Even when he’s portrayed as evil, I always have sympathy for the Basa-Juana. He just wants to live in the mountains and protect his trees while his wife Mari rules over nature. As human settlement expands, he’s pushed farther into the green morass, constantly having to relocate his castle to an ever-darkening enclave. A group of men, searching desperately for food, encroach on his solitude. He decides to teach them how to farm. They run away and call him a monster. Another man cuts down the Basa-Juana’s trees. The Basa-Juana asks the man to come with him to be punished. The man tricks him, pinning him to the tree he wanted to protect. One day he wakes up, and his lover is no longer a benevolent goddess known as Mari but simultaneously the mother of a man named Jesus and the head of a cult of witches. And then they’re gone, pushed into non-existent myth as we map the last of the forest. He is super-human yet wants to live a simple, human life. But it is because he is super-human that he never can.


“There is silence; but a silence that breathes with the soft breathing of the sea and, in the thin shrill noise of a cricket, insistently, incessantly harps on the fact of its own deep perfection.”

-Aldous Huxley



The most important part of the trip to Baden-Baden, more important than the solitude, was the freedom—though I guess the two are inextricable. The car emphasized both. I not only didn’t need to meet up with anyone, but I didn’t even have to be anywhere at a certain time to catch a bus or tram. I could just drive, alone except the music coming from the stereo, winding my way through mountain passes and tight village streets. The few times this freedom was limited, I was livid. I took it as a personal affront when my AirBnB host kept calling to ask when I’d arrive; I would get there when I got there, and besides, it wasn’t my fault traffic was bad.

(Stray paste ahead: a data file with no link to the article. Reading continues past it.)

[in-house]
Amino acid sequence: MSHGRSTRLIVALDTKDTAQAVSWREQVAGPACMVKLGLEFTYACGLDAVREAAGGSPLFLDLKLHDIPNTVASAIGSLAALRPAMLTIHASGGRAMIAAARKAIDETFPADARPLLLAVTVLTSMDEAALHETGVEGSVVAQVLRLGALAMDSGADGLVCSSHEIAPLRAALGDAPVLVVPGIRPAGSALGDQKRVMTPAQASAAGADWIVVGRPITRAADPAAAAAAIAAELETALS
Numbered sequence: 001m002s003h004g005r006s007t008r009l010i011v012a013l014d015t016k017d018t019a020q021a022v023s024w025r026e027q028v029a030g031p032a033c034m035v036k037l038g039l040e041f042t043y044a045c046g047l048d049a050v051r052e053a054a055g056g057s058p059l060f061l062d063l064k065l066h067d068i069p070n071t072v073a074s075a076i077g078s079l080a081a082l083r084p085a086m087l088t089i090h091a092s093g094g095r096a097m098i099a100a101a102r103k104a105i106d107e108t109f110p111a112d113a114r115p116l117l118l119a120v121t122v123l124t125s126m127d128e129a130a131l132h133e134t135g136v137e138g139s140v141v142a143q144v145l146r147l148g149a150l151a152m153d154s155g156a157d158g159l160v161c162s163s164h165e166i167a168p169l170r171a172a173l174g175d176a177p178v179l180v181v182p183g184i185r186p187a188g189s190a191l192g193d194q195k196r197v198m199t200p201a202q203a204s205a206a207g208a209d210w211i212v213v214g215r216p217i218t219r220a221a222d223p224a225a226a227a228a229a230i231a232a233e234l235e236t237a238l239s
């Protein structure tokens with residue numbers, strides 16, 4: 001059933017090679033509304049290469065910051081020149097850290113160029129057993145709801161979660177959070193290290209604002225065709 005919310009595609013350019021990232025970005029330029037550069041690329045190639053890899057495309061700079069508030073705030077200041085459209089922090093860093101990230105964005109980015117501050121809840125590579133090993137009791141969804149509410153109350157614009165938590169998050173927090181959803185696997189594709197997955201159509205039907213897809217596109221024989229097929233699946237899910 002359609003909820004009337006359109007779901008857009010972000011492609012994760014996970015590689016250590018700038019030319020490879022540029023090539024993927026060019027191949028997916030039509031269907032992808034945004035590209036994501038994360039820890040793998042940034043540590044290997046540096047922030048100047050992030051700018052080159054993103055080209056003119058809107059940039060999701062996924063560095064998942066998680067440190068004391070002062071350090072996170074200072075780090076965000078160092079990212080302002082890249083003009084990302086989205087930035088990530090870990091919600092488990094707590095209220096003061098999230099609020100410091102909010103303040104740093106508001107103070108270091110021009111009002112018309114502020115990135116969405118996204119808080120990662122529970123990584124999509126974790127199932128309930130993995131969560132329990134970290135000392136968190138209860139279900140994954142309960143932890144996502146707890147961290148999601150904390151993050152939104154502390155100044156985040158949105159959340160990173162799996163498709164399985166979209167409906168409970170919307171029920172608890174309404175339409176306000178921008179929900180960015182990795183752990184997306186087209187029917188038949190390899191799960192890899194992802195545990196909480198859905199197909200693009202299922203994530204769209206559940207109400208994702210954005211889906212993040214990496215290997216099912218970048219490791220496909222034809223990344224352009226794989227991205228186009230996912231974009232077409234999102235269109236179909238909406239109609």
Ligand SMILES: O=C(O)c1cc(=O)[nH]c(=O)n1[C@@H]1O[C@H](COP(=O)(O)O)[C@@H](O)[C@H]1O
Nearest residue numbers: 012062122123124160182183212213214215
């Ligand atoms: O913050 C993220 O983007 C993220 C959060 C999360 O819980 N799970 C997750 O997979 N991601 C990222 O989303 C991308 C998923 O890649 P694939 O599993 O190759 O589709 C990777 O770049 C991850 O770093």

When I walked through the forest, the silence confirmed both my solitude and freedom. There were no crowds to avoid, no beautiful works of art to see, just trees and creeks and the occasional lake. Huxley said his father’s idea of church was a walk through the mountains.[4] I empathize. The silent fog was almost mystical—I understood why the idea of supernatural beings living deep in the trees is so seductive. Every intervention modern man makes into nature destroys some of its silent beauty. To borrow from quantum mechanics, we change it just through observing. So fairies and werewolves and Basa-Juanas act as our proxies. We insert them into the natural world, and act as if they continue to exist there even when we leave, a last-ditch effort to reclaim our place within a perfect order from which we have been expelled. Leaves crunched under my boot. I came to a stop, closed my eyes, and listened to the silence breathe softly. I imagined where in the forest I was. Just over the hill, fairies nibbled on mushrooms while the Basa-Juana slept.


[1] There are many types and definitions of ecstasy, of course, but the ecstasy most common in Herzog is the emotion one feels when one comes close to understanding capital-t Truth.

[2] Or more accurately, was told stories that came from Perrault’s collection, since it was written a century before and aimed at the upper class. Eventually, the tales filtered down into the lower class they allegedly originated in, such as the French neighbor.

[3] Yes, I know the female characters in Nancy Meyers films have high-powered jobs. But they never find happiness until they find a man and give up their individuality.

[4] Of course, Leonard Huxley was a rung below the aristocracy, with the free time and means to disappear into the mountains whenever he wished. And I could only take this trip because of my family’s economic well-being and my father’s support. Someone working for minimum wage can’t afford to go off the grid in the way in search of the solitude so necessary for self-realization. Missing a call about an overtime opportunity could mean not eating for a week. And perhaps this, not the fifty-dollar fondues and bevy of Bentleys, is what is so obscene about Zurich: they have the means to search for truth yet don’t. They are all Baudrillard, deluding themselves into thinking the insular little world they have built is the entirety of reality, that because there is no truth in it, there is no truth anywhere—that their cultural creations are so imprinted on us that even in the most virgin areas all we see is that which has already been made. Perhaps they’re right, and any attempt to find truth is delusional. But the ecstasy I experienced in the Baden-Baden, and Herzog experienced in the Jungle, and Huxley experienced in nature’s peculiar silence—the ecstasy that man tries to recapture through folktales and fairies—suggests otherwise.

A Few Things to do During Your first Week in Hong Kong.

Update: Hong Kong has grown on me somewhat since I wrote this piece.